Considerations about the New World Memory Champion 2019-Andrea Muzii

Hello everybody. I’ve recently discovered that my connational Andrea Muzii (ITA) has become the new World Champion, beating all the Mongolian, Chinese and German previous champions by using a 2-digit PAO system for cards and a 3 digit system for numbers, breaking 6 world records on various official disciplines starting from the european championship in Sweden. This is making me rethink about all the more complex systems that have been created, considering the fact that this guy has been training on mnemonics for just a little bit more than 2 years. I’d like to know your thoughts about these achievements by using these nowadays-considered “primitive” techniques. I wanna also congratulate again with him if he ever reads this article since I really admire him as a person, I’ve been chatting a while with him and it’s incredible how humble, passionate and sharing he is.
Nicola

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Who thinks PAO and 3-digit is primitive? Pretty much the standard I’d say.

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There was a period where some people were wondering if 1-card PAO was able to stand up to 2-card systems. It seems to be holding up well though. :slight_smile:

See this thread: The Death of PAO?

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Well if you look at the Shadow system, or the 3 digit PAO, or 4 digit number ( i think is spreading mostly in Asia), they look primitive etimologically, in the sense that they are the starting point from which the other systems have been created. I personally use 2 digit PAO and I am creating a 3 digit number system, so I am not saying they are worse, but since they have been just around for more time, I wasn’t expecting such results and such an improvement.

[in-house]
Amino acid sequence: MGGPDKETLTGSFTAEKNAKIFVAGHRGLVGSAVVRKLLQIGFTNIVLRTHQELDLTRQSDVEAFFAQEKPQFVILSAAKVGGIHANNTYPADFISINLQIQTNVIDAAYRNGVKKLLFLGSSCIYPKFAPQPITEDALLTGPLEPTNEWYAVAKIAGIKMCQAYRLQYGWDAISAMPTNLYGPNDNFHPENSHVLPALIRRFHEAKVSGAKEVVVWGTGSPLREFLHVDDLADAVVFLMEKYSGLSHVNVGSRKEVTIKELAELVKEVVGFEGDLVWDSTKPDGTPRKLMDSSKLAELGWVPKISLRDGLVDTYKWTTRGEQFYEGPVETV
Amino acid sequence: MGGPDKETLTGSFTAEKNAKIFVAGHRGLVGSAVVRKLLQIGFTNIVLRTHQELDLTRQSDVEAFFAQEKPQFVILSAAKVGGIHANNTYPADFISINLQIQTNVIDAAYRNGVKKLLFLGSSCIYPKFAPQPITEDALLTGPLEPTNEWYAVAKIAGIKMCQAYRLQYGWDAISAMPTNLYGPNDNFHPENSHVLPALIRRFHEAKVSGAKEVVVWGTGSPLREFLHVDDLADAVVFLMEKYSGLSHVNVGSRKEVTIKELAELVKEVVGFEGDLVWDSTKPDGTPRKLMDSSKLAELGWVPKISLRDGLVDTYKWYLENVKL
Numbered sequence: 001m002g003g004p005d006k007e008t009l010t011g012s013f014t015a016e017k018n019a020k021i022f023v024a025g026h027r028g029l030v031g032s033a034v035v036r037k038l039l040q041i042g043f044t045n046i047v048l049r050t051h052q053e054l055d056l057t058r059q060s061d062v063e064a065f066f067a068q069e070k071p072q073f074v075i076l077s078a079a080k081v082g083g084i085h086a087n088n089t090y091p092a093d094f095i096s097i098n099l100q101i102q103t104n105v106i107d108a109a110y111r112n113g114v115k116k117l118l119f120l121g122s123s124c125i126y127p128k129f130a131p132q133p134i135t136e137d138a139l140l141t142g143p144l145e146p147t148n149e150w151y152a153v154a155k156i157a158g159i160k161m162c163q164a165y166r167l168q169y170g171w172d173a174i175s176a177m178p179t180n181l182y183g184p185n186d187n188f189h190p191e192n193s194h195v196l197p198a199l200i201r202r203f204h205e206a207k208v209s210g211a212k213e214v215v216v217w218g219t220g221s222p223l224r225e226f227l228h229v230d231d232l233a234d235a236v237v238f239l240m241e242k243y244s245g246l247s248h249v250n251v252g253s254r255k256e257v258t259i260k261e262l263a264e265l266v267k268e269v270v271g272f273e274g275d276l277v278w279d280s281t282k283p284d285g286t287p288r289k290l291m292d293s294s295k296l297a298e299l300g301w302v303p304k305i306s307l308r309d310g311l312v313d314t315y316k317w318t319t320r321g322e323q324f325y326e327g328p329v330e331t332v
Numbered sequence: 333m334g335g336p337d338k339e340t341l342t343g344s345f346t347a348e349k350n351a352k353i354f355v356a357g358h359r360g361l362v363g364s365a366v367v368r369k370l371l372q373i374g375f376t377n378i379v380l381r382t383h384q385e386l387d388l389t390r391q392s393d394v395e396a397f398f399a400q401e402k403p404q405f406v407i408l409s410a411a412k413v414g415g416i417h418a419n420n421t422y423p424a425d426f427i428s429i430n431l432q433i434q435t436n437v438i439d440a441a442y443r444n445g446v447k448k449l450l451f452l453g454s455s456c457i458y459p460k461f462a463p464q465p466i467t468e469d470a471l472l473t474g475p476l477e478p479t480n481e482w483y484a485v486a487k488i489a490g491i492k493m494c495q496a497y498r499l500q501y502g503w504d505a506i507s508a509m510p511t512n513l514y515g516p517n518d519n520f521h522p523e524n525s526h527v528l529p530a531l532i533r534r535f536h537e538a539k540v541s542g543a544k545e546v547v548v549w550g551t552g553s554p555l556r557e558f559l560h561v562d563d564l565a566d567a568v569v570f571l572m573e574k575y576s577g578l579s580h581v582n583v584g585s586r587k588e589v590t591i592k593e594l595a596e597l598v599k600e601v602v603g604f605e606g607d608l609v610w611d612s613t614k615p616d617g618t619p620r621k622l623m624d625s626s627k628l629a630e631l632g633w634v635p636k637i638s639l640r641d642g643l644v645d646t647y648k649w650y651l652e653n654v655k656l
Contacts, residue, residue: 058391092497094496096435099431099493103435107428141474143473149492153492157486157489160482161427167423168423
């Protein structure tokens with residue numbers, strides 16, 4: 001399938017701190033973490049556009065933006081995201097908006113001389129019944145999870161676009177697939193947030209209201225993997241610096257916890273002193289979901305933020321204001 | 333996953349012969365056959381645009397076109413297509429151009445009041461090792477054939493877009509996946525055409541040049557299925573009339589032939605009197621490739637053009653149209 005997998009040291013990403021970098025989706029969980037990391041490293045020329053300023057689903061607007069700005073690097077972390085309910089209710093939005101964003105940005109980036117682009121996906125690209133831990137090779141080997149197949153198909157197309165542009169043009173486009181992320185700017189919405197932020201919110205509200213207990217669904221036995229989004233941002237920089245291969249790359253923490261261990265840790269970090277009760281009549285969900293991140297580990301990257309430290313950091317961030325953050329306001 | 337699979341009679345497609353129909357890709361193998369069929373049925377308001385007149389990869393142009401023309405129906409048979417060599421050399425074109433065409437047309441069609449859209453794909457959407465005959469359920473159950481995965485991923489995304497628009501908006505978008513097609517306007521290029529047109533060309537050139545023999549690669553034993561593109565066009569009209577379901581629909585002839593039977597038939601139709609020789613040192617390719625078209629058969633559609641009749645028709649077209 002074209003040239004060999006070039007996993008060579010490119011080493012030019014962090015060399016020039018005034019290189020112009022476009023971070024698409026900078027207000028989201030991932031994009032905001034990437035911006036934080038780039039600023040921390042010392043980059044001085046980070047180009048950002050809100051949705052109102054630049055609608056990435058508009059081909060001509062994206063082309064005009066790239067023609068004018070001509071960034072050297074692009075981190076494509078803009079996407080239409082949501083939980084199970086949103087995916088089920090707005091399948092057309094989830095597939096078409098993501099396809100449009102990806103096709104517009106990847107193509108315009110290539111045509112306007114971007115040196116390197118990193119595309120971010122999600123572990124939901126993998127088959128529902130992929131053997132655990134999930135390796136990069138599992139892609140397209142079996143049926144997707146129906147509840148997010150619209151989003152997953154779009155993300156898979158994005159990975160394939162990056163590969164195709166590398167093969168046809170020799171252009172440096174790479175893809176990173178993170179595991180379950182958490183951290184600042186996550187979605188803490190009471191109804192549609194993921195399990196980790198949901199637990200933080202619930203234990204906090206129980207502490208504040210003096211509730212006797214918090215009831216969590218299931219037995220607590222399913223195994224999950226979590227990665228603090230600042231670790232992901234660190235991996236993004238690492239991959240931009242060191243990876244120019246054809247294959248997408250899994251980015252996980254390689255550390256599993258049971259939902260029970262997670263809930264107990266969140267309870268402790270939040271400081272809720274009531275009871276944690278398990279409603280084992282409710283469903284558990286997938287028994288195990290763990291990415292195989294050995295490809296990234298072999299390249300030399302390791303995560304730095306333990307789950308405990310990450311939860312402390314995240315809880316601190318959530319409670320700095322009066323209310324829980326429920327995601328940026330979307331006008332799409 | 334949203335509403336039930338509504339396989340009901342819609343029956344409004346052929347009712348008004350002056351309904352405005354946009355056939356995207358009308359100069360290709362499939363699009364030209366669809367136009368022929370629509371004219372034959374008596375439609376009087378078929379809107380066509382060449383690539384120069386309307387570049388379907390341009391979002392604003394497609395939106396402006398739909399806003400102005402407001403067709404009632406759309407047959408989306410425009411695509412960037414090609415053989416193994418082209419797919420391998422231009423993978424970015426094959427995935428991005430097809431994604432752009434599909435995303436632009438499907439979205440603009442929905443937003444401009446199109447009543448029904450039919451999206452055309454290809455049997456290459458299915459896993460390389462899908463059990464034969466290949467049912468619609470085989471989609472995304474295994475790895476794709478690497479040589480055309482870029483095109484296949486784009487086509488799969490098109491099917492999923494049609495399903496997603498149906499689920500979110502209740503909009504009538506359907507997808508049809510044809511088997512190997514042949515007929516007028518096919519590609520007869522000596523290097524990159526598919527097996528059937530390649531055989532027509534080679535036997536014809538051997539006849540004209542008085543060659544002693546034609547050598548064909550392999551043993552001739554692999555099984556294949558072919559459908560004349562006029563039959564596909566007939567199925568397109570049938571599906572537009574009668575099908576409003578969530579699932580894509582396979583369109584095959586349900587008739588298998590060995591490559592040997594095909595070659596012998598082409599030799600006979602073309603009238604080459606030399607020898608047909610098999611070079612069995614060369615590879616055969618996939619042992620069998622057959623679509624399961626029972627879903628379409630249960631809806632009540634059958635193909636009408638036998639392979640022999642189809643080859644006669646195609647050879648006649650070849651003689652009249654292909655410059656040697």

Okay, I see where you’re coming from, but when you say:

… it sounds more like its other meaning of unsophisticated not an earlier stage of development. Might be better off calling it “basic” or “fundamental” instead. It’s not that it can’t be used like that in English… take primitive function (its: “primitiva”) in calculus for example, but more likely you’ll find it called antiderivative (ita: “antiderivata”) instead.

The shadow system is “just” (etymologically :wink: ) an extension of the 3-digit major system to include face cards… if you have 000 - 999 available, the double-cards A - 10 for all suits are covered. @LociInTheSky is even pointing out in his post how he wanted to have an extension of the major system rather than 16 different vowels as you’d find in @Zoomy’s Ben system.

I’ve never seen one with 1,000 actions actually, most turn out to be 3-digit P, 2-digit A, and 3-digit O.

Dunno about that one… I can tell you that Chinese is using rhyming, so it’s a bit different anyways. I had a look at it, but my Chinese is not on a level to use it as a system. In Singapore it’s either Chinese or English and in Mongolia a lot of competitors use PAO as well… can’t speak much for the rest of the countries.

Like I said… doesn’t look that “primitive” to me…

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I guess it’s natural and human, but a lot of folks interested in memory techniques seem to be constantly chasing the “perfect” system. I would just say: Find the perfect system for you. Just because an approach works really well for another person doesn’t mean it will fit just as neatly with the way your own brain likes to handle information.

For all I know, there’s someone out there for whom PAO, Dominic, Major, Ben don’t make any sense at all because they hear musical tones associated with every card in the deck. So their memory palaces are full of melodies, not images. But most brains probably don’t work that way.

Bob

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